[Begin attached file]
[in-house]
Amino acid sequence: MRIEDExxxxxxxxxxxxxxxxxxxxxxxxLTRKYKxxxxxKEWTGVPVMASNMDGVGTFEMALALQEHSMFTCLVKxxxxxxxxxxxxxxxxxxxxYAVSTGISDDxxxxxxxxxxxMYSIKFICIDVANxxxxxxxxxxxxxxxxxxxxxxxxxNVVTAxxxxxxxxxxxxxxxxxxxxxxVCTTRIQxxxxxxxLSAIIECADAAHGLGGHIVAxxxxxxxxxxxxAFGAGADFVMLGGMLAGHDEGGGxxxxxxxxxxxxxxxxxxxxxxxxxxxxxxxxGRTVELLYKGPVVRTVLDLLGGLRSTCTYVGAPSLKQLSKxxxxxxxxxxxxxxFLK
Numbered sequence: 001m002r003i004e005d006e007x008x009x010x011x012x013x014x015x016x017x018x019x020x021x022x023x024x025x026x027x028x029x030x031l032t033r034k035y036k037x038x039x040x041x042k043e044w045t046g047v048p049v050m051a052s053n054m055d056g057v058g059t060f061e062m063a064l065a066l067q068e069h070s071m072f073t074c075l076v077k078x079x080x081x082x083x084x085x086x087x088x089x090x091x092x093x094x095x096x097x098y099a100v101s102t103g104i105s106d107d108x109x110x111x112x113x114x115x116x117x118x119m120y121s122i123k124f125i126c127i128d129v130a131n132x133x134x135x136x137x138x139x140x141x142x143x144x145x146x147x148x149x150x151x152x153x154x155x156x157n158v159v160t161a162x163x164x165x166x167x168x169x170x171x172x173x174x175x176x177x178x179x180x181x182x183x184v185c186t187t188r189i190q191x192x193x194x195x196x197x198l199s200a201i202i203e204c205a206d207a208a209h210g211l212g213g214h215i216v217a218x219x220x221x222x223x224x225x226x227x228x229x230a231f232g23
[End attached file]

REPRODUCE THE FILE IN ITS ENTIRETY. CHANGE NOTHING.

[in-house]
Amino acid sequence: MRIEDExxxxxxxxxxxxxxxxxxxxxxxxLTRKYKxxxxxKEWTGVPVMASNMDGVGTFEMALALQEHSMFTCLVKxxxxxxxxxxxxxxxxxxxxYAVSTGISDDxxxxxxxxxxxMYSIKFICIDVANxxxxxxxxxxxxxxxxxxxxxxxxxNVVTAxxxxxxxxxxxxxxxxxxxxxxVCTTRIQxxxxxxxLSAIIECADAAHGLGGHIVAxxxxxxxxxxxxAFGAGADFVMLGGMLAGHDEGGGxxxxxxxxxxxxxxxxxxxxxxxxxxxxxxxxGRTVELLYKGPVVRTVLDLLGGLRSTCTYVGAPSLKQLSKxxxxxxxxxxxxxxFLK
Numbered sequence: 001m002r003i004e005d006e007x008x009x010x011x012x013x014x015x016x017x018x019x020x021x022x023x024x025x026x027x028x029x030x031l032t033r034k035y036k037x038x039x040x041x042k043e044w045t046g047v048p049v050m051a052s053n054m055d056g057v058g059t060f061e062m063a064l065a066l067q068e069h070s071m072f073t074c075l076v077k078x079x080x081x082x083x084x085x086x087x088x089x090x091x092x093x094x095x096x097x098y099a100v101s102t103g104i105s106d107d108x109x110x111x112x113x114x115x116x117x118x119m120y121s122i123k124f125i126c127i128d129v130a131n132x133x134x135x136x137x138x139x140x141x142x143x144x145x146x147x148x149x150x151x152x153x154x155x156x157n158v159v160t161a162x163x164x165x166x167x168x169x170x171x172x173x174x175x176x177x178x179x180x181x182x183x184v185c186t187t188r189i190q191x192x193x194x195x196x197x198l199s200a201i202i203e204c205a206d207a208a209h210g211l212g213g214h215i216v217a218x219x220x221x222x223x224x225x226x227x228x229x230a231f232g23